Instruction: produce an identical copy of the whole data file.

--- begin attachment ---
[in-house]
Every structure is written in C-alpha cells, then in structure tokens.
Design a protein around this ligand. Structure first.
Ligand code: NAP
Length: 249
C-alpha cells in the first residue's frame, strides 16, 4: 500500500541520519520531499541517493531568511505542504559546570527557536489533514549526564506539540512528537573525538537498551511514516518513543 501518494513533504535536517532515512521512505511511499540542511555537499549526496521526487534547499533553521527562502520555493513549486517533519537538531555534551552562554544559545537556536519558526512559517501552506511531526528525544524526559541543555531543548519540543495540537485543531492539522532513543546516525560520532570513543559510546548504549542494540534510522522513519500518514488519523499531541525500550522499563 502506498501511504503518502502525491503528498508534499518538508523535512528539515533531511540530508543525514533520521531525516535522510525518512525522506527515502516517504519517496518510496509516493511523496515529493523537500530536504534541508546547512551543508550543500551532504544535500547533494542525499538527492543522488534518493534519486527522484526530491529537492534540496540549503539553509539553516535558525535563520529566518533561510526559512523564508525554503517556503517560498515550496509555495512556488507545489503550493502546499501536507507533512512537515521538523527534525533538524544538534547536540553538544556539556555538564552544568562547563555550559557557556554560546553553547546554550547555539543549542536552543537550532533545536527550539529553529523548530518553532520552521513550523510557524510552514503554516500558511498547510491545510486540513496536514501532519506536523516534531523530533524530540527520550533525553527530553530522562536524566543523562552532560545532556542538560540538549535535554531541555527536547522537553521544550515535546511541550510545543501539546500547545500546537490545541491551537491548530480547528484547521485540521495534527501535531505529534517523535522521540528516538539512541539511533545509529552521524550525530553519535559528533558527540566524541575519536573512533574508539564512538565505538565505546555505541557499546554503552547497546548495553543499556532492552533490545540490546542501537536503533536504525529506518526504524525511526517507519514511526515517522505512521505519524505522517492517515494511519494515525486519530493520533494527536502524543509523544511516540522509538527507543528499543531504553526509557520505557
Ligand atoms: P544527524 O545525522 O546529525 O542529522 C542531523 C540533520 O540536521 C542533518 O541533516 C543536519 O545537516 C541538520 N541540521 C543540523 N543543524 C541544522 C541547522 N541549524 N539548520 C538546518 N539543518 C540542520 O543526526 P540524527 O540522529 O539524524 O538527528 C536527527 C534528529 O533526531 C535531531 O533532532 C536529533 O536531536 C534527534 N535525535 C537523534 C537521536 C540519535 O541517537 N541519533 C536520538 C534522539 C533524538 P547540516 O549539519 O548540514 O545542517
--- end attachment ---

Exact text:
[in-house]
Every structure is written in C-alpha cells, then in structure tokens.
Design a protein around this ligand. Structure first.
Ligand code: NAP
Length: 249
C-alpha cells in the first residue's frame, strides 16, 4: 500500500541520519520531499541517493531568511505542504559546570527557536489533514549526564506539540512528537573525538537498551511514516518513543 501518494513533504535536517532515512521512505511511499540542511555537499549526496521526487534547499533553521527562502520555493513549486517533519537538531555534551552562554544559545537556536519558526512559517501552506511531526528525544524526559541543555531543548519540543495540537485543531492539522532513543546516525560520532570513543559510546548504549542494540534510522522513519500518514488519523499531541525500550522499563 502506498501511504503518502502525491503528498508534499518538508523535512528539515533531511540530508543525514533520521531525516535522510525518512525522506527515502516517504519517496518510496509516493511523496515529493523537500530536504534541508546547512551543508550543500551532504544535500547533494542525499538527492543522488534518493534519486527522484526530491529537492534540496540549503539553509539553516535558525535563520529566518533561510526559512523564508525554503517556503517560498515550496509555495512556488507545489503550493502546499501536507507533512512537515521538523527534525533538524544538534547536540553538544556539556555538564552544568562547563555550559557557556554560546553553547546554550547555539543549542536552543537550532533545536527550539529553529523548530518553532520552521513550523510557524510552514503554516500558511498547510491545510486540513496536514501532519506536523516534531523530533524530540527520550533525553527530553530522562536524566543523562552532560545532556542538560540538549535535554531541555527536547522537553521544550515535546511541550510545543501539546500547545500546537490545541491551537491548530480547528484547521485540521495534527501535531505529534517523535522521540528516538539512541539511533545509529552521524550525530553519535559528533558527540566524541575519536573512533574508539564512538565505538565505546555505541557499546554503552547497546548495553543499556532492552533490545540490546542501537536503533536504525529506518526504524525511526517507519514511526515517522505512521505519524505522517492517515494511519494515525486519530493520533494527536502524543509523544511516540522509538527507543528499543531504553526509557520505557
Ligand atoms: P544527524 O545525522 O546529525 O542529522 C542531523 C540533520 O540536521 C542533518 O541533516 C543536519 O545537516 C541538520 N541540521 C543540523 N543543524 C541544522 C541547522 N541549524 N539548520 C538546518 N539543518 C540542520 O543526526 P540524527 O540522529 O539524524 O538527528 C536527527 C534528529 O533526531 C535531531 O533532532 C536529533 O536531536 C534527534 N535525535 C537523534 C537521536 C540519535 O541517537 N541519533 C536520538 C534522539 C533524538 P547540516 O549539519 O548540514 O545542517